I’ve looked through numerous catalogs, consulted a friend that runs a hobby shop and so far have come up empty. I have not been able to find plastic or wood models of any ancient Egyptian vessels. At this point I can only recommend that you might consider scratch building one. There seems to be reference on several versions, with Chop’s barge being the most covered subject.
The fist problem I can see is that power boat models tend to stop at the wrong moment just when they are out of reach so you will probably need the use of a dinghy and Evan a small outboard, along with all the appropriate safety gear. This is something not to be taken on lightly! I suggest you start by reading a few magazines and pick up some ideas of size and shape of hulls etc unusual weed pipes.
You will probably be better off building a boat with a weed eater petrol engine, one that has already been converted to model marine use. This will save a lot of work for you. You could try a visit to your local model store and check out the prices for some of the models that you are thinking of getting. There are other items to consider: – petrol tank 2-3 pints, fuel and water pipes, shaft and props couplings rudder, water scoop, and exhaust pipe and outlet. Last but not least the radio 2/3 channel on a suitable frequency to suite your state, check at your local model store.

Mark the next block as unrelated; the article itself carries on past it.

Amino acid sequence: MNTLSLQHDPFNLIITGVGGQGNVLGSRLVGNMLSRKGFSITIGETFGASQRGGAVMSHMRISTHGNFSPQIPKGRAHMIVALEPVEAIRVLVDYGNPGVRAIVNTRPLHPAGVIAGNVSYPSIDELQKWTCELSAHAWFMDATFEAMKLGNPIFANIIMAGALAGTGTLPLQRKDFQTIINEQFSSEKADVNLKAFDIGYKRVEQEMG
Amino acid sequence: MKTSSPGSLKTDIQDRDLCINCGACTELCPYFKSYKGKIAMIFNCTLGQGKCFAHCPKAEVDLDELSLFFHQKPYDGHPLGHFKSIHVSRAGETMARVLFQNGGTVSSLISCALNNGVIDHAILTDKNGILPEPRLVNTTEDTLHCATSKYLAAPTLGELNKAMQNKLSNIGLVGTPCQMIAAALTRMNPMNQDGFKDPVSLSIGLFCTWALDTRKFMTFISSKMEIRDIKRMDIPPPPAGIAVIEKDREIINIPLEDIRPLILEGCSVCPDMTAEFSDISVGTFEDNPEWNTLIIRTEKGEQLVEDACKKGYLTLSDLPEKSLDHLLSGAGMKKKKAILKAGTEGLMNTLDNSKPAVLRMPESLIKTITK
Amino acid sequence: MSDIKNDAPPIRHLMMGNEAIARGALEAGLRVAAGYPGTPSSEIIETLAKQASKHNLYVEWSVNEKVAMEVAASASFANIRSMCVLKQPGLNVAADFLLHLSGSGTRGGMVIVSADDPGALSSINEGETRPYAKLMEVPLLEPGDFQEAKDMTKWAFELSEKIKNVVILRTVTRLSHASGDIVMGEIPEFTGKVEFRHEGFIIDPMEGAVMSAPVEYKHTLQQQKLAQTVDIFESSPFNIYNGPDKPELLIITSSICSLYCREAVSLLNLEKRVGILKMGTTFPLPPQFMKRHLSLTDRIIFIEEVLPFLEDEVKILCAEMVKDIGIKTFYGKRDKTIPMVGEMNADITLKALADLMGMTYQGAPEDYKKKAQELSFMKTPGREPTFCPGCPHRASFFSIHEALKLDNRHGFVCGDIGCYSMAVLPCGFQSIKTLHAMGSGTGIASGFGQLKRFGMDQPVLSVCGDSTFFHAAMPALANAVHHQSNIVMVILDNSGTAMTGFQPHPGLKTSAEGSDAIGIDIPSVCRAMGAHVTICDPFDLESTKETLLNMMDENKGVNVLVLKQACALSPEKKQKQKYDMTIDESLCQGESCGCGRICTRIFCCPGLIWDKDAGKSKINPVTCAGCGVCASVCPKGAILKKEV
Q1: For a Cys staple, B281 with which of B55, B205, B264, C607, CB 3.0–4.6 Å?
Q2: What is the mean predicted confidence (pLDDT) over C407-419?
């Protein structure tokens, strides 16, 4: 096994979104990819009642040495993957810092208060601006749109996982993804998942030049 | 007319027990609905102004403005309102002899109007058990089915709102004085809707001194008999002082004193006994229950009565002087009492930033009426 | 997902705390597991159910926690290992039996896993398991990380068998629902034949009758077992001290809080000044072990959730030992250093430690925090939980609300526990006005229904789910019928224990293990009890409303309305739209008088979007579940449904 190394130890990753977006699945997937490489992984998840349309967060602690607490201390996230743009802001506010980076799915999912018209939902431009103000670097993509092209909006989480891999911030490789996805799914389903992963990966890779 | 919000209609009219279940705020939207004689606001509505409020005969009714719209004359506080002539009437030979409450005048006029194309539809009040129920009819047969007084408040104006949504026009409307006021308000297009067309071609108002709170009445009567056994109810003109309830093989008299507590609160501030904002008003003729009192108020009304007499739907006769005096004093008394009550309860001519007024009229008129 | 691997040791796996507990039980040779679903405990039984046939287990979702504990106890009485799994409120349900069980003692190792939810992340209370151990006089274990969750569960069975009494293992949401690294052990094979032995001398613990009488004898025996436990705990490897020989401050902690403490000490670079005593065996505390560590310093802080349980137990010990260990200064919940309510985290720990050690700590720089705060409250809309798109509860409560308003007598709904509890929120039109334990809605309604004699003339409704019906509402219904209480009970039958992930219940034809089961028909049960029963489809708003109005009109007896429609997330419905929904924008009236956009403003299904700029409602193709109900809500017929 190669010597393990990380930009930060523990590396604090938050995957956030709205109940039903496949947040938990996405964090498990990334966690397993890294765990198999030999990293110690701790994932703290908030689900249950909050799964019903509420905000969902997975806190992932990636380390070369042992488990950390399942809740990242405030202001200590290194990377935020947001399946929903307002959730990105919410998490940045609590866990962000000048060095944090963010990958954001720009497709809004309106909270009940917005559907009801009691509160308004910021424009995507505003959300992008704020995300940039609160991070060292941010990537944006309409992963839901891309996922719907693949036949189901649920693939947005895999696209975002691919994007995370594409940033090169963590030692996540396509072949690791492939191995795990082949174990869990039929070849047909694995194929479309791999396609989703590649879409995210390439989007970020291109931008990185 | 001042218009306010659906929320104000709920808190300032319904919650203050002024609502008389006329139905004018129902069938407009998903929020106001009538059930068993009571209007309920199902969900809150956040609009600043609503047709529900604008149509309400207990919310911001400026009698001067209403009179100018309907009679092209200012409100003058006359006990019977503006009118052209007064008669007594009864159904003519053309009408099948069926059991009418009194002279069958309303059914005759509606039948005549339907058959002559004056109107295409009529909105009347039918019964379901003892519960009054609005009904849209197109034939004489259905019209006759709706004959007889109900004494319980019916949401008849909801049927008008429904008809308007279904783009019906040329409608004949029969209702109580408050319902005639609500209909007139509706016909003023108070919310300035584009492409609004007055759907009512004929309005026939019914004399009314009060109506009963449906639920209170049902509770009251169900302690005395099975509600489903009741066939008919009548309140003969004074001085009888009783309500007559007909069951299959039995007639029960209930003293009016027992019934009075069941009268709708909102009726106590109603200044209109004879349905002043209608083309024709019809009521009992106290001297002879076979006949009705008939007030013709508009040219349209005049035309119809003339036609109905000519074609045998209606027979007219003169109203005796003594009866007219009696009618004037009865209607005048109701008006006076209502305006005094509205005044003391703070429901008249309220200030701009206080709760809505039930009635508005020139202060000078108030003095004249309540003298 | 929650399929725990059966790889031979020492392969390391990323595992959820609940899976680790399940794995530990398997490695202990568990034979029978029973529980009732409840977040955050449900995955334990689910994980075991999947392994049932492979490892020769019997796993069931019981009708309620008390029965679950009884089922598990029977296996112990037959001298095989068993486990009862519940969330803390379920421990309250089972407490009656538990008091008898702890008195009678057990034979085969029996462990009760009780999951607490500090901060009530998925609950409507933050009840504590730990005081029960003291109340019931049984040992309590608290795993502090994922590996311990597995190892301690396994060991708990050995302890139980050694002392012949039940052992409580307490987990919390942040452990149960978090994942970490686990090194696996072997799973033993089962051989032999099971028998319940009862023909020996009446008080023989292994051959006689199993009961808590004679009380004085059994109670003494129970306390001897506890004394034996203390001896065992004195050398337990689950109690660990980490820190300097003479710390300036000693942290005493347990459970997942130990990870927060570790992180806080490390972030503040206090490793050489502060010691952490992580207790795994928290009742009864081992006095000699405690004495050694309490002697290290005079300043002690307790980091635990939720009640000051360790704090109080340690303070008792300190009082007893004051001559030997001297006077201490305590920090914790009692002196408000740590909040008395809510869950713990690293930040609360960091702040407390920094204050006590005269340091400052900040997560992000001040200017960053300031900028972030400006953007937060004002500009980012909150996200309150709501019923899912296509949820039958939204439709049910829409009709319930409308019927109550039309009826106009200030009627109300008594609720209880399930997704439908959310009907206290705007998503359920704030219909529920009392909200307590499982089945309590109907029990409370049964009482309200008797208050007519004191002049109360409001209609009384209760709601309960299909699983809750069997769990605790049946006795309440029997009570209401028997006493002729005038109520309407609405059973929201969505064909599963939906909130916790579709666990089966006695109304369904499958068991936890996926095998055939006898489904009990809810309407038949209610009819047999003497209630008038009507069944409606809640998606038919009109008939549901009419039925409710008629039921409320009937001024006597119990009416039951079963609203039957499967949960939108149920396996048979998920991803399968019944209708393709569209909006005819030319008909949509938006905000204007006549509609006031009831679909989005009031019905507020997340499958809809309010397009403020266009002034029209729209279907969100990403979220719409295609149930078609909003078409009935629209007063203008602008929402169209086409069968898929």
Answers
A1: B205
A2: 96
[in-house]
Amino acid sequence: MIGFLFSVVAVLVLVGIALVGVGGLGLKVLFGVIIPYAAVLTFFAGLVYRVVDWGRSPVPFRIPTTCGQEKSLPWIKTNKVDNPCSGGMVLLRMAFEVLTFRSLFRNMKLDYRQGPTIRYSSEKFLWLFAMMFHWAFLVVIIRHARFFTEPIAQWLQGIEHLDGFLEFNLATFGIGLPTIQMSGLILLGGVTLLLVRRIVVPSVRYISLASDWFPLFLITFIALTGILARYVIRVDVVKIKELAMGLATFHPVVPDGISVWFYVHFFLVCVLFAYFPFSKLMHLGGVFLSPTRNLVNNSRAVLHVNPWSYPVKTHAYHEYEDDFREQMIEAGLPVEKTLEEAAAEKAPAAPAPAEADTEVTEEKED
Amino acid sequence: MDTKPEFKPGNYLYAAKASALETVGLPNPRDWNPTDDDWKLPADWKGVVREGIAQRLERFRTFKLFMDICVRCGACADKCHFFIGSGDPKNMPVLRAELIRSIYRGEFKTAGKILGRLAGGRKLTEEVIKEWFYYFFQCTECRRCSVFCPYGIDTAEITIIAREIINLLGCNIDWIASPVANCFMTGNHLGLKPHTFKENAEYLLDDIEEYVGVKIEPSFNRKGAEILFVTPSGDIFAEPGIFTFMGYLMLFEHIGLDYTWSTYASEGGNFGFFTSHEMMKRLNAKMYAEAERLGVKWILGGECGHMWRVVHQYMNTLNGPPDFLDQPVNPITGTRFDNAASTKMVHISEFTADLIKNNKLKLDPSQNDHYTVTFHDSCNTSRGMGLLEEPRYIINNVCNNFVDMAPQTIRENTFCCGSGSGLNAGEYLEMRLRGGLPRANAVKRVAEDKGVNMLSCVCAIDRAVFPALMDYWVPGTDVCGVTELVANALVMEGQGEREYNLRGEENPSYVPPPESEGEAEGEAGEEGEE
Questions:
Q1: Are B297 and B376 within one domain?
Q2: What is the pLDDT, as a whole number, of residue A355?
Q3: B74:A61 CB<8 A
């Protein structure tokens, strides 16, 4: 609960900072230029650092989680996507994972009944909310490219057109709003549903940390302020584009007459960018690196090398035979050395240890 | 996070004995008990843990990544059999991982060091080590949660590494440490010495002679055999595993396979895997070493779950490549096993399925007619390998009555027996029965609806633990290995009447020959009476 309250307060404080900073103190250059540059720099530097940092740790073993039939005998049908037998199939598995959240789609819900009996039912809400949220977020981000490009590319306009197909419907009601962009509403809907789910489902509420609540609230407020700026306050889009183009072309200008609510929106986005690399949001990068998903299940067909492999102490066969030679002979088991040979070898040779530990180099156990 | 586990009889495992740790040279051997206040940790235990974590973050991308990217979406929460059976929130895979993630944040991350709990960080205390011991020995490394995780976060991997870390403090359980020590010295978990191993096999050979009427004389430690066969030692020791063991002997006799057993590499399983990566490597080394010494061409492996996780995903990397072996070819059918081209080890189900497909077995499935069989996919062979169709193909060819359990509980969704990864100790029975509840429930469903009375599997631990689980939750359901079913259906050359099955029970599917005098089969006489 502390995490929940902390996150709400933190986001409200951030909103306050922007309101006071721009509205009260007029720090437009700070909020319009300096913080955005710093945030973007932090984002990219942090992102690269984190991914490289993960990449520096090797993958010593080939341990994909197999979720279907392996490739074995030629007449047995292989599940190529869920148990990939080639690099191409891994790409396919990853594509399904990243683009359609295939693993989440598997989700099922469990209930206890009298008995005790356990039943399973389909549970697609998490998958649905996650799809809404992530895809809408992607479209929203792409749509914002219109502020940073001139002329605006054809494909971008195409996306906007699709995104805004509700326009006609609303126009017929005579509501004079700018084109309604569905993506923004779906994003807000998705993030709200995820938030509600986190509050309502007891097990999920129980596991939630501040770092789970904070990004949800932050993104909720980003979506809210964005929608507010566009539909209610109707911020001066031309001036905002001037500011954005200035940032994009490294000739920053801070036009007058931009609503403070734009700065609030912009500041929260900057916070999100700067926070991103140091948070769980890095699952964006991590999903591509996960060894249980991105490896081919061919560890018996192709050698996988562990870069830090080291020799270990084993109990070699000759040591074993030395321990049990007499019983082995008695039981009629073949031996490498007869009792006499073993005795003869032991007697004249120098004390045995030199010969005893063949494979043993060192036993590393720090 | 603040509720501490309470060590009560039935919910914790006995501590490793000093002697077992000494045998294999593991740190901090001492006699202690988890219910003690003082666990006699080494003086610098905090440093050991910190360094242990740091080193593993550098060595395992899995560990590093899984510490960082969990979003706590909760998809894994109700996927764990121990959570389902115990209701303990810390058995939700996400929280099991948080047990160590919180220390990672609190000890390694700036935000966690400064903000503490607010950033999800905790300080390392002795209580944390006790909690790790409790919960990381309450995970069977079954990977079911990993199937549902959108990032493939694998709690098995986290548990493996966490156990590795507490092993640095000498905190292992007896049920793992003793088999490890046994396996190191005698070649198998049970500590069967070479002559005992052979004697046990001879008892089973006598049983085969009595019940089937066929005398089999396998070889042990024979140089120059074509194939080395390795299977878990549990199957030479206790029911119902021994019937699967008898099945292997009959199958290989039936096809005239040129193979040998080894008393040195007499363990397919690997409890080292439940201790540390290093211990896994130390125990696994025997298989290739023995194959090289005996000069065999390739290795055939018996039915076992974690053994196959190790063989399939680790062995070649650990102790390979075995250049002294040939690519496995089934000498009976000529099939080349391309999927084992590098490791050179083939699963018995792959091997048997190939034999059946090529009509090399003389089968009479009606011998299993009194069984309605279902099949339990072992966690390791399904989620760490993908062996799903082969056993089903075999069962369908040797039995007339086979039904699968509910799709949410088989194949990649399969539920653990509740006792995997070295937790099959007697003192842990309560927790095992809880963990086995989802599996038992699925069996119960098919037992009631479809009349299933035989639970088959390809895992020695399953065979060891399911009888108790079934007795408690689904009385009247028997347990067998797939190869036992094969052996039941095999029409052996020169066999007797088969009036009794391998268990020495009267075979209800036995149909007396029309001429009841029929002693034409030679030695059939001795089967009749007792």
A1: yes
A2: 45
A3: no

Me cruiser used 5 different gear ratios in 1983 on the Alpha not including counter rotation models. I have no cross-references for that serial number to which gear case. If you have seacocks on the through hull connections then sure you can do it in the water. Most technicians routinely replace the seawater pump impellers with the boat in the water. And yes, the closed cooling models use seawater to cool the heat exchanger and elbows. Also, the heat exchangers have end caps, which can be removed, and can be cleaned out.
Opening the fuel jet on an already beleaguered engine might cause more harm than good results, or bring about costly repairs or its early demise. Changing the prop’s pitch & diameter will give you an advantage when starting up, but don’t be disappointed with the top end performance. You need to experiment with a few props to see which one actually works best for your purpose. Most marinas have used/rebuilt props to offer for testing, before making a purchase.
A 5′ diameter tube is quite huge. A larger, wider water tube may be a partial solution, but keep in mind, an expanded diameter means more friction area, which in turn causes resistance – versus disbursing weight load over a wider surface. And, there’s no need to switch boat models, yours is just fine for all purposes described. Test some props first. It might surprise you, and the cost will be warranted. Reduce the diameter but increase the pitch within the engine manufacturer’s parameters.
Replacement skegs are available that can be welded on. Most prop shops do this kind of work. Another option is a “Skeggard”. This is a bolt on skegs that slides over the old broken unit. They come in a variety of models to fit most outboards and I/O’s. There is a simple bolt on. I do recommend using some 3M 5200 Fast Cure sealant when you install it. It won’t look like new skegs as it is polished Stainless Steel should do the trick. Available through most marine supply stores.